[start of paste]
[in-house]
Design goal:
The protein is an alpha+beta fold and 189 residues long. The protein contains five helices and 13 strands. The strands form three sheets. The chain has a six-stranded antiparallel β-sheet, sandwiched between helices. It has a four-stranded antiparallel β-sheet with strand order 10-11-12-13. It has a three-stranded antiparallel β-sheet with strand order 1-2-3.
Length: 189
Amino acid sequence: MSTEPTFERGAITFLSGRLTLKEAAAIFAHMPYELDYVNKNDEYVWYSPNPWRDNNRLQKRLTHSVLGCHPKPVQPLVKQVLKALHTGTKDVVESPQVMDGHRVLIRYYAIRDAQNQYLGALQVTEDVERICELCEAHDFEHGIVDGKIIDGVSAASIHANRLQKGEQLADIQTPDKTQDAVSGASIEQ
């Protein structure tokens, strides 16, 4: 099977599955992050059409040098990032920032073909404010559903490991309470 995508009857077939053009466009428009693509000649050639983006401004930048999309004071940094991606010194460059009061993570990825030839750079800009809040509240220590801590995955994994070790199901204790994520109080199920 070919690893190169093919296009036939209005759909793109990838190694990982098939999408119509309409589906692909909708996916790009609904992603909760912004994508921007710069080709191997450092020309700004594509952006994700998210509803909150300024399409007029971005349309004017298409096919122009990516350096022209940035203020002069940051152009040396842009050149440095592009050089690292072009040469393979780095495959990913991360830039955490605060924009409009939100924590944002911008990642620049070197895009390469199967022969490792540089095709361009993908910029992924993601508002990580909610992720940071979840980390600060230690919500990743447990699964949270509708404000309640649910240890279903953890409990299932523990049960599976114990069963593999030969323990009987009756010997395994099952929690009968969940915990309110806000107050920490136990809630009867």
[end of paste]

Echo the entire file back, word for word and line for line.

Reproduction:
[in-house]
Design goal:
The protein is an alpha+beta fold and 189 residues long. The protein contains five helices and 13 strands. The strands form three sheets. The chain has a six-stranded antiparallel β-sheet, sandwiched between helices. It has a four-stranded antiparallel β-sheet with strand order 10-11-12-13. It has a three-stranded antiparallel β-sheet with strand order 1-2-3.
Length: 189
Amino acid sequence: MSTEPTFERGAITFLSGRLTLKEAAAIFAHMPYELDYVNKNDEYVWYSPNPWRDNNRLQKRLTHSVLGCHPKPVQPLVKQVLKALHTGTKDVVESPQVMDGHRVLIRYYAIRDAQNQYLGALQVTEDVERICELCEAHDFEHGIVDGKIIDGVSAASIHANRLQKGEQLADIQTPDKTQDAVSGASIEQ
């Protein structure tokens, strides 16, 4: 099977599955992050059409040098990032920032073909404010559903490991309470 995508009857077939053009466009428009693509000649050639983006401004930048999309004071940094991606010194460059009061993570990825030839750079800009809040509240220590801590995955994994070790199901204790994520109080199920 070919690893190169093919296009036939209005759909793109990838190694990982098939999408119509309409589906692909909708996916790009609904992603909760912004994508921007710069080709191997450092020309700004594509952006994700998210509803909150300024399409007029971005349309004017298409096919122009990516350096022209940035203020002069940051152009040396842009050149440095592009050089690292072009040469393979780095495959990913991360830039955490605060924009409009939100924590944002911008990642620049070197895009390469199967022969490792540089095709361009993908910029992924993601508002990580909610992720940071979840980390600060230690919500990743447990699964949270509708404000309640649910240890279903953890409990299932523990049960599976114990069963593999030969323990009987009756010997395994099952929690009968969940915990309110806000107050920490136990809630009867």